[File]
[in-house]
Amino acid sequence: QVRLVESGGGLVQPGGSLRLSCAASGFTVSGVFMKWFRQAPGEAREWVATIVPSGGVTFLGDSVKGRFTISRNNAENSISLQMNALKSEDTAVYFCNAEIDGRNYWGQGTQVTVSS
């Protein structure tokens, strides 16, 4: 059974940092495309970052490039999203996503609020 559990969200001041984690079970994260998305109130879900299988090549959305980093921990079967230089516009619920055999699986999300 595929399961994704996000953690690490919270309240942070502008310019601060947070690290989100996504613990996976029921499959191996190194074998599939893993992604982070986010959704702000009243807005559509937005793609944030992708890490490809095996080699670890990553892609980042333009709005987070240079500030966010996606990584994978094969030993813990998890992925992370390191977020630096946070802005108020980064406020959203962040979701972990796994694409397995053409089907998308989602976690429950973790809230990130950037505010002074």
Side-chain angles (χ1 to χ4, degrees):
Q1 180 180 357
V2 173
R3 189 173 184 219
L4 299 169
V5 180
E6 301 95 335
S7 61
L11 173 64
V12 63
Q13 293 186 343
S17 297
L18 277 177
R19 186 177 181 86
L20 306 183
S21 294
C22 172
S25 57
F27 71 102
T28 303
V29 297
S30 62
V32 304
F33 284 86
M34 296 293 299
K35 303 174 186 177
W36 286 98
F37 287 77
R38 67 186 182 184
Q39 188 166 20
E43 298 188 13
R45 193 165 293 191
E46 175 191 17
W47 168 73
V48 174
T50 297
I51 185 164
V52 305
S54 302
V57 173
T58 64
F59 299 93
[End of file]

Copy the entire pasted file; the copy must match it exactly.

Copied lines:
[in-house]
Amino acid sequence: QVRLVESGGGLVQPGGSLRLSCAASGFTVSGVFMKWFRQAPGEAREWVATIVPSGGVTFLGDSVKGRFTISRNNAENSISLQMNALKSEDTAVYFCNAEIDGRNYWGQGTQVTVSS
């Protein structure tokens, strides 16, 4: 059974940092495309970052490039999203996503609020 559990969200001041984690079970994260998305109130879900299988090549959305980093921990079967230089516009619920055999699986999300 595929399961994704996000953690690490919270309240942070502008310019601060947070690290989100996504613990996976029921499959191996190194074998599939893993992604982070986010959704702000009243807005559509937005793609944030992708890490490809095996080699670890990553892609980042333009709005987070240079500030966010996606990584994978094969030993813990998890992925992370390191977020630096946070802005108020980064406020959203962040979701972990796994694409397995053409089907998308989602976690429950973790809230990130950037505010002074």
Side-chain angles (χ1 to χ4, degrees):
Q1 180 180 357
V2 173
R3 189 173 184 219
L4 299 169
V5 180
E6 301 95 335
S7 61
L11 173 64
V12 63
Q13 293 186 343
S17 297
L18 277 177
R19 186 177 181 86
L20 306 183
S21 294
C22 172
S25 57
F27 71 102
T28 303
V29 297
S30 62
V32 304
F33 284 86
M34 296 293 299
K35 303 174 186 177
W36 286 98
F37 287 77
R38 67 186 182 184
Q39 188 166 20
E43 298 188 13
R45 193 165 293 191
E46 175 191 17
W47 168 73
V48 174
T50 297
I51 185 164
V52 305
S54 302
V57 173
T58 64
F59 299 93